- The National Council for Special Education (NCSE), which is a separate statutory agency, through its network of local Special Educational Needs Organisers (SENOs), is responsible for processing applications from schools for special educational needs supports. The NCSE operates within my Department's criteria in allocating such support. NCSE’s Support Service has brought under its control the Special Education Support Service (SESS), the National Behaviour Support Service (NBSS) and the Visiting Teacher Service for children who are deaf/hard of hearing and for children who are blind/visually impaired (VTSVHI). The Support Service provides advice and support to schools on the education and inclusion of students with special educational needs, providing in-school support for support teachers, continuing professional development for teachers, and support to schools on the management of challenging behavior. It will also enhance the multi-disciplinary capacity of the education system through providing access to expert knowledge in areas such as autism, speech and language therapy and challenging behaviour.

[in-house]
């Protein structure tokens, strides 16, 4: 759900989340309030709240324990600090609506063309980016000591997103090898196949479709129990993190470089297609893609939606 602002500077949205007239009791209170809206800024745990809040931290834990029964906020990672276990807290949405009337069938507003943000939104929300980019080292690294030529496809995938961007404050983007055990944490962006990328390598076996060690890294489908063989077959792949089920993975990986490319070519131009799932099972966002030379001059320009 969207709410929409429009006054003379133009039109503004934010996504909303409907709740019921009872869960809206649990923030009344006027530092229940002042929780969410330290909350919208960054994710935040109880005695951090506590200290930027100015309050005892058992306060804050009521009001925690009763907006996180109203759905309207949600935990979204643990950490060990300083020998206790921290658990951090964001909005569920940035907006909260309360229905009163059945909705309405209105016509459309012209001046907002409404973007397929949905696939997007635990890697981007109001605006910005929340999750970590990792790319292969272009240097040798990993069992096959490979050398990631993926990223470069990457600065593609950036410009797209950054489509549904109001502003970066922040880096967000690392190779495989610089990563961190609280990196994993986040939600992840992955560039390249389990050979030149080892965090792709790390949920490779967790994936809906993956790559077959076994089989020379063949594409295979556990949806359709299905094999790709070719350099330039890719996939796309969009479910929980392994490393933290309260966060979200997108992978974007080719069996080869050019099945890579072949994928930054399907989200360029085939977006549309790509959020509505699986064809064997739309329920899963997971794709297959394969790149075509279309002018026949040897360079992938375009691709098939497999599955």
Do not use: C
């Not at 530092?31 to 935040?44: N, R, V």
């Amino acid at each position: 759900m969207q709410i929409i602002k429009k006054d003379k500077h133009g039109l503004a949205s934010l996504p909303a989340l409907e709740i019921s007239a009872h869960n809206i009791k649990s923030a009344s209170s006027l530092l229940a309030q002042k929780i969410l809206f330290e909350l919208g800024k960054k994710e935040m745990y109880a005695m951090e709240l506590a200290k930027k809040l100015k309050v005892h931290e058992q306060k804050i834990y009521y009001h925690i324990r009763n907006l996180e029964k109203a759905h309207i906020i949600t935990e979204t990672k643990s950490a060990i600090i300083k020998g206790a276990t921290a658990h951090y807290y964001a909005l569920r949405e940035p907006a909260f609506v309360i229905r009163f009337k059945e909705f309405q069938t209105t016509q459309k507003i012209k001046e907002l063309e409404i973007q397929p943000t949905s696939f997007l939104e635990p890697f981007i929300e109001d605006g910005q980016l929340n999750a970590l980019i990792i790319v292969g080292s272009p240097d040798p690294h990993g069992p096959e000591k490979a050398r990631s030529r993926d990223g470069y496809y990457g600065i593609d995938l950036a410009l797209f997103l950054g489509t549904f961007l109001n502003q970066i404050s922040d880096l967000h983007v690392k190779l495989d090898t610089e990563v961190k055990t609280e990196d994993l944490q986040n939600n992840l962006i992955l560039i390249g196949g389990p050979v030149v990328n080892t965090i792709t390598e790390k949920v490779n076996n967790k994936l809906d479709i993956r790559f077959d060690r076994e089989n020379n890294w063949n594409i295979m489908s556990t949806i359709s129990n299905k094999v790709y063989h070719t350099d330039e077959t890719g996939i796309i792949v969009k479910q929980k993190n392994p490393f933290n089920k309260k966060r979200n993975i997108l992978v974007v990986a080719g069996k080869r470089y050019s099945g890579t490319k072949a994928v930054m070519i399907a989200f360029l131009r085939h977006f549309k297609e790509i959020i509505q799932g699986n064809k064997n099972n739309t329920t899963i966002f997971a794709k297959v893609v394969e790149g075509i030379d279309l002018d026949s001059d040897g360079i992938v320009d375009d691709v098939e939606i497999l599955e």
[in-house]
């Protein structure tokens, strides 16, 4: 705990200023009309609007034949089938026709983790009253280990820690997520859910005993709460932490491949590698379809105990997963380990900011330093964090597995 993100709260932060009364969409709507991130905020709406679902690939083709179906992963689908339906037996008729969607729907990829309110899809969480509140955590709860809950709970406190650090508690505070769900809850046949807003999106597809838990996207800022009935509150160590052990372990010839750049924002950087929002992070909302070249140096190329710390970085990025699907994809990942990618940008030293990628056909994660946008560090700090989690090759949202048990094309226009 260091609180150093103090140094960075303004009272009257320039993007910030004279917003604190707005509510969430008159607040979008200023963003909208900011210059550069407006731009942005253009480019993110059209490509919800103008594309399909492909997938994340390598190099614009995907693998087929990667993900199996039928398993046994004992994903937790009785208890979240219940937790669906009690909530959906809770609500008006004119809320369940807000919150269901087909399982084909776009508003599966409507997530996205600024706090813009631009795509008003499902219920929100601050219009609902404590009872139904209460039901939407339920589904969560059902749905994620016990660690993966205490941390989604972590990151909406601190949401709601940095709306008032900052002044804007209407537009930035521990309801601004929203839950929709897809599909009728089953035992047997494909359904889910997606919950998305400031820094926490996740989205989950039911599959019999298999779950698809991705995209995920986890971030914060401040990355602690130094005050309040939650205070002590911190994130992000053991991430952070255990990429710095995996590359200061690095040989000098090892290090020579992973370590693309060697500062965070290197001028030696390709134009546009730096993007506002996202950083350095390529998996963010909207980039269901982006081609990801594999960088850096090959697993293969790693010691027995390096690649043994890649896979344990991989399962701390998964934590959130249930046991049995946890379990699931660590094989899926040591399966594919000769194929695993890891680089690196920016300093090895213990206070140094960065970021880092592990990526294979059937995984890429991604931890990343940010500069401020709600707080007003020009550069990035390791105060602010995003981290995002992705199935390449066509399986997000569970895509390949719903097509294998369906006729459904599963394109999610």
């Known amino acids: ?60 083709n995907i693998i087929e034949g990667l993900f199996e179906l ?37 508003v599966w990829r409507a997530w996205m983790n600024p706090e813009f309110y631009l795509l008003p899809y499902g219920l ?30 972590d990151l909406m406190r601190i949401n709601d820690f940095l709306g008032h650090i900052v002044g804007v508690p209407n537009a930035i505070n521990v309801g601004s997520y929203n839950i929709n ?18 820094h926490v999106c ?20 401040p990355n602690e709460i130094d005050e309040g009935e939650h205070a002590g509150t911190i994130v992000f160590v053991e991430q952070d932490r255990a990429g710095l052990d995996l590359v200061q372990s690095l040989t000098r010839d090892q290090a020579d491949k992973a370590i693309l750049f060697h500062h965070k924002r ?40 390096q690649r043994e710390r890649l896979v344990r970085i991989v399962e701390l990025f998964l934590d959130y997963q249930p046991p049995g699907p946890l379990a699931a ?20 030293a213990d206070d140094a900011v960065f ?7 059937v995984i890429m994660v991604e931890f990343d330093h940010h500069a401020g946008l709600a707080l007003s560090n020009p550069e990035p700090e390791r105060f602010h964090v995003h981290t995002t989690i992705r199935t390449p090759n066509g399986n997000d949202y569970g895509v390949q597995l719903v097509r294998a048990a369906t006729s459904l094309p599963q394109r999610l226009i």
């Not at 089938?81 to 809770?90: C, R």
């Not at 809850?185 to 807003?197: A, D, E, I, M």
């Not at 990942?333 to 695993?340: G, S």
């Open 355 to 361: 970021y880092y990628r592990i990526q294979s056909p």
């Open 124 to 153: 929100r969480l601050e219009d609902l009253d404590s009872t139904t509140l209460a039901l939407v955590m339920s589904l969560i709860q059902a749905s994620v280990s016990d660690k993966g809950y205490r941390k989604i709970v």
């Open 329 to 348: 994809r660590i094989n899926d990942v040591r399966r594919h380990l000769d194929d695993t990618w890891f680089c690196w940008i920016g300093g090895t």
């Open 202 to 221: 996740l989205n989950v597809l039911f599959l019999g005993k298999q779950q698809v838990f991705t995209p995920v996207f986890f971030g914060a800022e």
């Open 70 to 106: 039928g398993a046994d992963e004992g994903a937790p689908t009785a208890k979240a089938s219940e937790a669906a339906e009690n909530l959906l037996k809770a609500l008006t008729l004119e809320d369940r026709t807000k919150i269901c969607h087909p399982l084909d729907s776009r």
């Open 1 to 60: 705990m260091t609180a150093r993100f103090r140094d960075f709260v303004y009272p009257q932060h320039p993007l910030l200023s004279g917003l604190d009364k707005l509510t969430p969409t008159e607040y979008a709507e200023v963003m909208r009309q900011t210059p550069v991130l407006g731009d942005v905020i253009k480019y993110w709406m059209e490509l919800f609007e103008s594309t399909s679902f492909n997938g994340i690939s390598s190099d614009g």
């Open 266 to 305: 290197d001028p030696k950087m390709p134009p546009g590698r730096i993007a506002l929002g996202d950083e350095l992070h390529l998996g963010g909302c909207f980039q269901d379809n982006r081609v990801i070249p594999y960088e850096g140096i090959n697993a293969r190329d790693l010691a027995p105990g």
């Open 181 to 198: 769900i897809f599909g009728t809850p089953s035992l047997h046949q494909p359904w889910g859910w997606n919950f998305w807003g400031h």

- National Educational Psychological Service (NEPS) delivers a consultative, tiered service delivery model to schools, in line with international best practice for the effective and efficient delivery of educational psychological services that best meet the needs of all pupils/students in schools. This service delivery model allows NEPS psychologists to support schools to provide an effective continuum of support to meet the needs of pupils/students.

- Over 13,400 Special Education Teaching posts under the Special Education Teaching allocation model, introduced in mainstream primary and post primary schools for the 2017/2018 school year, providing additional teaching support to pupils with special educational needs. The number of students receiving additional special education teaching support in mainstream education increased from 138,493 in 2011 to approximately 166,000 in 2017.

- 15,000 Special Needs Assistants (SNAs) available from September 2018, providing additional adult support staff to schools to cater for the additional care needs of pupils with disabilities in an educational context. An additional 800 SNA posts has been made available for September 2018 with up to a further 140 SNA posts available from September to December 2018. Approximately 36,000 students have access to SNA support in schools in 201718 school year, compared to 22,200 in 2011/12.

- Over 7,900 students in 124 special schools with 1,490 teachers, increased from 6,848 students with 1,141 teachers in 2011.

- Approximately 1,456 special classes in place with 155 new Special Classes opened in September 2018 in mainstream primary and post primary schools. This compares to 548 special classes in 2011.